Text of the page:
When we talk about backups, people will immediately see having DVDs, tapes, or external hard drives with copies of our important data on them. Many will also think about offsite remote backups such as backing up to a cloud storage provider.
For both personal and and business uses, a good backup strategy always involves having redundancy in case of the failure of one backup copy. Unfortunately, many don’t practice it. The common misconception is that if you have one external backup locally, it’s good enough. Nothing could be further from the truth.
Disasters can end your business
In 2010, Nashville, TN got hit by a violent storm. At first it was just a thunderstorm but then it turned into a fully-fledged disaster with floods and lightning. Many houses and business were flooded. Fresh water was a luxury at that time. With the flood, all local backups were damaged and gone. What happened next? Business disasters ensued.
Very recently, a friend of mine in Vietnam had a fire in his office building. Thank god it didn’t burn everything down to ashes but several offices were burned, along with his data backups. He is running a professional HR consultancy and headhunting business. So you can guess what kind of consequences he had to go through after that. Loss of information contributed to his eventual loss of business. Scary, isn’t it?
What about personal users?
A legit question. If any disaster strikes, personal users won’t lose their businesses. But our lives are becoming more and more dependent on computers. Huge chunks of memories are stored on your computers and mobiles. Those hundreds of photos from last trip to Europe? They are on your computer. What about your 3 hour long wedding video? It’s also on your computer and maybe on a Bluray disc. If you are a student, then pretty sure you will have your assignments and coursework on your computer too. So imagine losing all of that data. Yeah, sure your revenue stream may not be gone. But it’s still pretty darn painful.
But all is not lost. With proper backup strategy, we can safely make digital copies of your life and your business data. Multiple copies, at multiple locations. When it comes to data safety, never assume the lowest risk. That’s the rule of thumb.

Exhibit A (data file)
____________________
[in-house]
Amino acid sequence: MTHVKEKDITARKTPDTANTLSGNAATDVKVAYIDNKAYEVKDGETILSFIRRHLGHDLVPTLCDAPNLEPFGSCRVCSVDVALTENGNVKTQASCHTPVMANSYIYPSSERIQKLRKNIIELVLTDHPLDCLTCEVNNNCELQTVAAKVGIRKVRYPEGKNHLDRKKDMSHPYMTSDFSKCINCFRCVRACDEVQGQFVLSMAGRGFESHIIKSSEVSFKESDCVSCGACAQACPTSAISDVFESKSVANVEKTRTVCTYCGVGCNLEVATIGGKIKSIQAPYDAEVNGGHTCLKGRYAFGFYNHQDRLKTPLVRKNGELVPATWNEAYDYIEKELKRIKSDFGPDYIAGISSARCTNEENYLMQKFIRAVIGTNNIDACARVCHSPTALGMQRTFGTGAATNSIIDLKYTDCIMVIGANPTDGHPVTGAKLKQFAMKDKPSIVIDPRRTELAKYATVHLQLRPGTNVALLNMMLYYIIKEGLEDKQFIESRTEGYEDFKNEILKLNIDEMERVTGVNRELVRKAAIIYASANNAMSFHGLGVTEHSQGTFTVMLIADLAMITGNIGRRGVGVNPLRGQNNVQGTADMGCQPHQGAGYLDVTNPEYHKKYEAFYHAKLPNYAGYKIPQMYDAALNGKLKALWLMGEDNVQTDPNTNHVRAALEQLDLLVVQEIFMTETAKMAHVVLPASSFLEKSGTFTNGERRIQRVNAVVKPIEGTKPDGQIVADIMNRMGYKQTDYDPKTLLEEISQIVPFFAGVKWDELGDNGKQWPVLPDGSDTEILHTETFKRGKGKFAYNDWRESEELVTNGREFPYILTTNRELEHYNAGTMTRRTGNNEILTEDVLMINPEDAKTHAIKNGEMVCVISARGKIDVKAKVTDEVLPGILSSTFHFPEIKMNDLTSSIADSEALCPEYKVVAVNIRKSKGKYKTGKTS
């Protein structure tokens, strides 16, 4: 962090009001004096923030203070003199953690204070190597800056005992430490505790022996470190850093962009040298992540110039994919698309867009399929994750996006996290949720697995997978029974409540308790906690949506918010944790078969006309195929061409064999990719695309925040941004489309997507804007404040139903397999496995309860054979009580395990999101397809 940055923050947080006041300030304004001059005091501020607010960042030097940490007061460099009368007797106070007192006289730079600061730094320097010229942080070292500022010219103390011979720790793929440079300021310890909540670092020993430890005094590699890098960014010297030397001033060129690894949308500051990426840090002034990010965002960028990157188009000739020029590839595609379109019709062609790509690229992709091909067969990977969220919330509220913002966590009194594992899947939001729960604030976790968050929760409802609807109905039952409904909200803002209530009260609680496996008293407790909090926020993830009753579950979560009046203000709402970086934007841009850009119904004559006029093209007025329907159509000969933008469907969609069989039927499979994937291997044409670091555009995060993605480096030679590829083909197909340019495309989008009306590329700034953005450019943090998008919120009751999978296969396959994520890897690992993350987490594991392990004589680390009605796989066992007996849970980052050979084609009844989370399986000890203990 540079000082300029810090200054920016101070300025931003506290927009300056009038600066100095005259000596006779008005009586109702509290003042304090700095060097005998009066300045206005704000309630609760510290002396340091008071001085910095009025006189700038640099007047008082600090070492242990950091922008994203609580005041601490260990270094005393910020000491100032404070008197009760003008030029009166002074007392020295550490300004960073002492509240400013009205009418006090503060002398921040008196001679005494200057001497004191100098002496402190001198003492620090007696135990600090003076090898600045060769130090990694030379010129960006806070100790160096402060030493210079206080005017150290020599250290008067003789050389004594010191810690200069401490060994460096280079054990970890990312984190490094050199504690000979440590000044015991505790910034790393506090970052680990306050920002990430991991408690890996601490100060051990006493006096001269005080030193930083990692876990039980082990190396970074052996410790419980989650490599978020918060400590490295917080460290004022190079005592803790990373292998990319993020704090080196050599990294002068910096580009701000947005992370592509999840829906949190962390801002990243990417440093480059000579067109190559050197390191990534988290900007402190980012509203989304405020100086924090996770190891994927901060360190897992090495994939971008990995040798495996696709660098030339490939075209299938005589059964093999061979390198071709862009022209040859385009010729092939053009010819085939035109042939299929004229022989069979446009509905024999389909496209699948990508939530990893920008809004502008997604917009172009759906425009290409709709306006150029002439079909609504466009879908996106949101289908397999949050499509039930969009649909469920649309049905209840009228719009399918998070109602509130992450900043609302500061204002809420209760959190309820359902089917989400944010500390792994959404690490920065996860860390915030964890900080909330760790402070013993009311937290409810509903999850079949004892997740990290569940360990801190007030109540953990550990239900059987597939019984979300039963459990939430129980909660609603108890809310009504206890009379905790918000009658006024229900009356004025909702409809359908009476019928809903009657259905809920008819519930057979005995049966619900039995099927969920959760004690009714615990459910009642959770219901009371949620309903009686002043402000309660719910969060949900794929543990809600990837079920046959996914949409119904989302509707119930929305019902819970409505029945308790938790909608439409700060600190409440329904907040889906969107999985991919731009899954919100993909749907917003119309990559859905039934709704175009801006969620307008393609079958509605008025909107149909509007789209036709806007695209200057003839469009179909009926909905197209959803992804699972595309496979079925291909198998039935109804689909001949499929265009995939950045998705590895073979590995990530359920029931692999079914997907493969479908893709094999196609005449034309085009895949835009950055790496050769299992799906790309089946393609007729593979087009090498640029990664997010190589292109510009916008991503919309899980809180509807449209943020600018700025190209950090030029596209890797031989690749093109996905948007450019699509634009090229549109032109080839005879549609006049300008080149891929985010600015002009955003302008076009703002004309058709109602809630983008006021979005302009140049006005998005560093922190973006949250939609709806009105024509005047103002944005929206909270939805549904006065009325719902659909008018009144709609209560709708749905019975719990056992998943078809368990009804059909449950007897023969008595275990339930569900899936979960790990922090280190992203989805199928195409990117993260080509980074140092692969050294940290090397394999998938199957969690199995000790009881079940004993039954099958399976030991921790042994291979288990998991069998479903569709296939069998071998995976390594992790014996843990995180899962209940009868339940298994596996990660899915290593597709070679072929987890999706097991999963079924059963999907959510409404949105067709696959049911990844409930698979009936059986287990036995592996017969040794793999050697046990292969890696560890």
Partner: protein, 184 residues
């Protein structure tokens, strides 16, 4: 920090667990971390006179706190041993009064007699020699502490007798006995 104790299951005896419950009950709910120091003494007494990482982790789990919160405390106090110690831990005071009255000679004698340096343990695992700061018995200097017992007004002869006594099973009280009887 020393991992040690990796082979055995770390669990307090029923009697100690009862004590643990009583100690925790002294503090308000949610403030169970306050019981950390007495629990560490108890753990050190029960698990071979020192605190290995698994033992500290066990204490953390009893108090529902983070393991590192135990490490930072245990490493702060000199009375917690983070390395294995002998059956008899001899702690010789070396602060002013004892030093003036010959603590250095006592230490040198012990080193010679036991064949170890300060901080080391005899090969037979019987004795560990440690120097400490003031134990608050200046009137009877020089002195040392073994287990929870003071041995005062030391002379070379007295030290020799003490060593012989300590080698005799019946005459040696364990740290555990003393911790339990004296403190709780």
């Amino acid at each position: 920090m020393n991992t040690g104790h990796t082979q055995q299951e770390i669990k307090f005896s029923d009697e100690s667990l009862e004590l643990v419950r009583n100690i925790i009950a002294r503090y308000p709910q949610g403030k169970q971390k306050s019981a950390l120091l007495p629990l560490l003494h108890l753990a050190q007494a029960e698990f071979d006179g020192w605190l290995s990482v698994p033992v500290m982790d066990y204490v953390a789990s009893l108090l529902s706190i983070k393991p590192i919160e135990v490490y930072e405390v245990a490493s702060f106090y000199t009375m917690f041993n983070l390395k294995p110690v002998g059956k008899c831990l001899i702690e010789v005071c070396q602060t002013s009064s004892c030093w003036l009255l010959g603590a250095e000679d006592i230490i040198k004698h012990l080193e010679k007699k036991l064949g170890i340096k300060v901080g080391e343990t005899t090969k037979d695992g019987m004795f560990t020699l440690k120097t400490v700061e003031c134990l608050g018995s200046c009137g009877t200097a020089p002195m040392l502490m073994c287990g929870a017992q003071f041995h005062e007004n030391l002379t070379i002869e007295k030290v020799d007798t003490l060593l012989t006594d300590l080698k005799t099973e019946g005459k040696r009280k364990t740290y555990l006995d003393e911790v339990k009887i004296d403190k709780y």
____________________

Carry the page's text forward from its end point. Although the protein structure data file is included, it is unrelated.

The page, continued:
Options at your fingertip
There are two main options for backup. Onsite, offline backup, and remote, online backup. People are already familiar with both, but remain bewildered with the question of why the heck they have to use both. The answers are already clear and given above. So I will skip that part. Let’s move on to available options.
Basically, offline backup refers to using any local and offline data storage such as DVDs, CDs (who uses CDs nowadays anyway?), Bluray discs, external hard drives, tape drives, memory cards, USB thumb drives and whatnot. So what are the main advantages and disadvantages?
Fast backup and restore. If you have tons of data, you will know exactly what this means. Even with a really fast Internet connection, backing up and restoring 200GB of data isn’t always that fast. Even at small data storage amount such as 3GB, having a local backup at hand is always much faster for both purposes.
Easily accessible. Another advantage of local offline backups is that they are readily available at your office or home. You just need to plug them in and start backing up, or do the restoring if necessary.
Better safety. This one is in fact quite ambiguous. If you let everybody in your office or household have access to your offline backup media, then it won’t be safe. Not at all. However, offline backup media do enjoy protection from cyber security breaches (provided that they are not networked drives with an internet connection, of course).
Mobility. All of these offline backup media also let you carry them around. This is not really a good idea if we are talking about external hard drives, but still, you can easily move them around and store them at other locations, or just carry them with you for safety purposes.
Natural disasters can kill them. It’s true. Even if you buy the world’s best and most protected external hard drive or Bluray discs, they are still prone to disasters like fire, tornadoes, thunderstorms (seriously, a power surge due to thunderstorms can fry all of your hard drives), floods and whatnot. Those vulnerabilities just make offline data backup less desirable to use exclusively.